I can’t claim to understand the compelling appeal of the curried couscous salad, but I can’t deny it, either.

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Flying High on Plants

No one looks forward to being locked in an airborne tin can, strapped down at an unnatural acute angle for hours on end, and that’s to say nothing of the hoops to jump through to qualify for such abuse in the first place. Yet we all accept these offenses as the necessary evils of air travel; small, cumulative personal injustices that must be suffered for the prize of a new adventure. On the bright side, this mild form of torture makes the joy of arrival all the greater, if only for the relief that comes from getting out of that maddening contraption.

Every small pleasure found in this unpleasant process is thus magnified, savored with aplomb, in hopes of turning down the volume on the rest of that logistical cacophony. for this reason alone, it’s worth the extra hassle whenever I book a flight out of SFO, because that means I can at least find a good meal while waiting at the gate.

It’s true: There’s fresh, healthy, and satisfying food to be found in an airport! The Plant Cafe Organic lays claim to many outposts across the bay area, but ironically, this inaccessible, highly guarded location is the one I stop by most often. Every time, the only thing I ever want is a pile of delicious produce, and every time, the understated yet dazzling grapefruit and avocado salad delivers.

Thankfully, there’s no need to subject yourself to such pain for such gustatory gratification, nor schlep out all the way to that isolated airport terminal, either. It turns out that while the sharply unpleasant contrasts surrounding this small morsel of pleasure do enhance the experience to a degree, it’s even more enjoyable when eaten at leisure, sprawled on the couch at home, preferably clad in completely unflattering sweatpants and slippers.

Something about the acidic, subtly sweet citrus, creamy avocado, and crunchy macadamia nuts make this salad utterly unforgettable. Don’t just take my word for it, because I’m afraid I can’t do it full justice in a few short sentences. It’s just too good to fully explain in words. This simple, invigorating combination will brighten the darkest of post-daylight savings time evenings.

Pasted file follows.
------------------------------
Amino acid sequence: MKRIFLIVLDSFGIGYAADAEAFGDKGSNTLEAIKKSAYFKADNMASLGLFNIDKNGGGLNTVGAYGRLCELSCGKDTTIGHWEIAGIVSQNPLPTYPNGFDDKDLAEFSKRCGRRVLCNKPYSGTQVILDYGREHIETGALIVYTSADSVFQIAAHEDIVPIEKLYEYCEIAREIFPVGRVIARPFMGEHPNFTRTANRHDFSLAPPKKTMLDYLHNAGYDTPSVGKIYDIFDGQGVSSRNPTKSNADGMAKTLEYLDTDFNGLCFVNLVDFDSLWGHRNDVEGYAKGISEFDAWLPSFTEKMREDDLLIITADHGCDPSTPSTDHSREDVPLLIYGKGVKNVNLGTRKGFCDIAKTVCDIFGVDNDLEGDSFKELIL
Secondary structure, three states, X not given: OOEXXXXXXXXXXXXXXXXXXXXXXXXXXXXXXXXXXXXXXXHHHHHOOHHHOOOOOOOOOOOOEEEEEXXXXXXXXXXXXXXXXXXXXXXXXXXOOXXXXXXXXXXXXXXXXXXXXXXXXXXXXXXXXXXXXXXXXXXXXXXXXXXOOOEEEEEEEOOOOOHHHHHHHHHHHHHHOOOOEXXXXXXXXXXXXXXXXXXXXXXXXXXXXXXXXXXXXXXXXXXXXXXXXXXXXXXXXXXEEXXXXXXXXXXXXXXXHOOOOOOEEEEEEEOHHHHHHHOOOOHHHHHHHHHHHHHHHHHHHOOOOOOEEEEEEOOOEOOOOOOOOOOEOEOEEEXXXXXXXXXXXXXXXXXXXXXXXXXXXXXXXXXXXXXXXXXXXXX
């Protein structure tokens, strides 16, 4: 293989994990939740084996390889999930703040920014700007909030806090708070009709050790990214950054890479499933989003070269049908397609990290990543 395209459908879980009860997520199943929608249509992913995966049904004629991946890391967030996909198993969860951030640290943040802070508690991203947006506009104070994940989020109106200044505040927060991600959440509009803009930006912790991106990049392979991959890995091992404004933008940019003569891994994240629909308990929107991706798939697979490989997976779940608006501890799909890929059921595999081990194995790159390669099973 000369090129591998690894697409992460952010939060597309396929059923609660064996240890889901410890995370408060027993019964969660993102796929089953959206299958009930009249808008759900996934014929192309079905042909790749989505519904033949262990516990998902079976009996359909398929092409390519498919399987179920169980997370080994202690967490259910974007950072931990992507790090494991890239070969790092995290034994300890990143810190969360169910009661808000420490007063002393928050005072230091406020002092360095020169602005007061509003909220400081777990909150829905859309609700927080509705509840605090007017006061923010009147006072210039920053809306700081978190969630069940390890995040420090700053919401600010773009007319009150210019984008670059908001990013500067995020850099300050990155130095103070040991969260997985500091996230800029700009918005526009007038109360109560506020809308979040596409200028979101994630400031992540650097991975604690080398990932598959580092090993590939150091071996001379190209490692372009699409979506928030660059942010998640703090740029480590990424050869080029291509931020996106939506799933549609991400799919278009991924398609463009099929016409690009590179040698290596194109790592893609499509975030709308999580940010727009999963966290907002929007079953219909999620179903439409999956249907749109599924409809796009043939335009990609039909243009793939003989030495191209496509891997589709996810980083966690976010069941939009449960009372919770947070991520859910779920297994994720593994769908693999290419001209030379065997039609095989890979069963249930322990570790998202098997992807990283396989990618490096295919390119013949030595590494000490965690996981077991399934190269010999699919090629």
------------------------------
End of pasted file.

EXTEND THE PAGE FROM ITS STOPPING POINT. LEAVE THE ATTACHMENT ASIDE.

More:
Yield: Makes 2 - 3 Servings

Avocado Grapefruit Salad

Avocado Grapefruit Salad

Something about the acidic, subtly sweet citrus, creamy avocado, and crunchy macadamia nuts make this salad utterly unforgettable.

Prep Time 5 minutes
Total Time 5 minutes

Ingredients

Macadamia Nut Dressing:

  • 2 Tablespoons Olive Oil
  • 2 Tablespoons White Wine Vinegar
  • 2 Tablespoons Lemon Juice
  • 2 Scallions, Sliced
  • 1/4 Cup Raw Macadamia Nuts
  • 1/4 Teaspoon Salt
  • 1/8 Teaspoon Ground Black Pepper

Salad:

  • 8 Cups Arugula
  • 2 Cups Thinly Sliced Fennel
  • 1 Large Pink Grapefruit, Sliced into Segments
  • 1 Large, Ripe Avocado, Sliced
  • 1/3 Cup Toasted Macadamia Nuts, Roughly Chopped
  • Salt and Pepper, to Taste

Instructions

  1. Toss all of the ingredients for the dressing into your blender or food processor and puree on high, until creamy and completely smooth.
  2. Toss the dressing with the arugula and fennel, and divide the greens between 2 or 3 bowls.
  3. Top with equal amounts of grapefruit, avocado, and macadamia nuts. Sprinkle with additional salt and pepper if needed, and enjoy.

Nutrition Information:

Yield:

3

Serving Size:

1

Amount Per Serving: Calories: 414Total Fat: 36gSaturated Fat: 5gTrans Fat: 0gUnsaturated Fat: 29gCholesterol: 0mgSodium: 329mgCarbohydrates: 24gFiber: 10gSugar: 11gProtein: 6g

All nutritional information presented within this site are intended for informational purposes only. I am not a certified nutritionist and any nutritional information on BitterSweetBlog.com should only be used as a general guideline. This information is provided as a courtesy and there is no guarantee that the information will be completely accurate. Even though I try to provide accurate nutritional information to the best of my ability, these figures should still be considered estimates.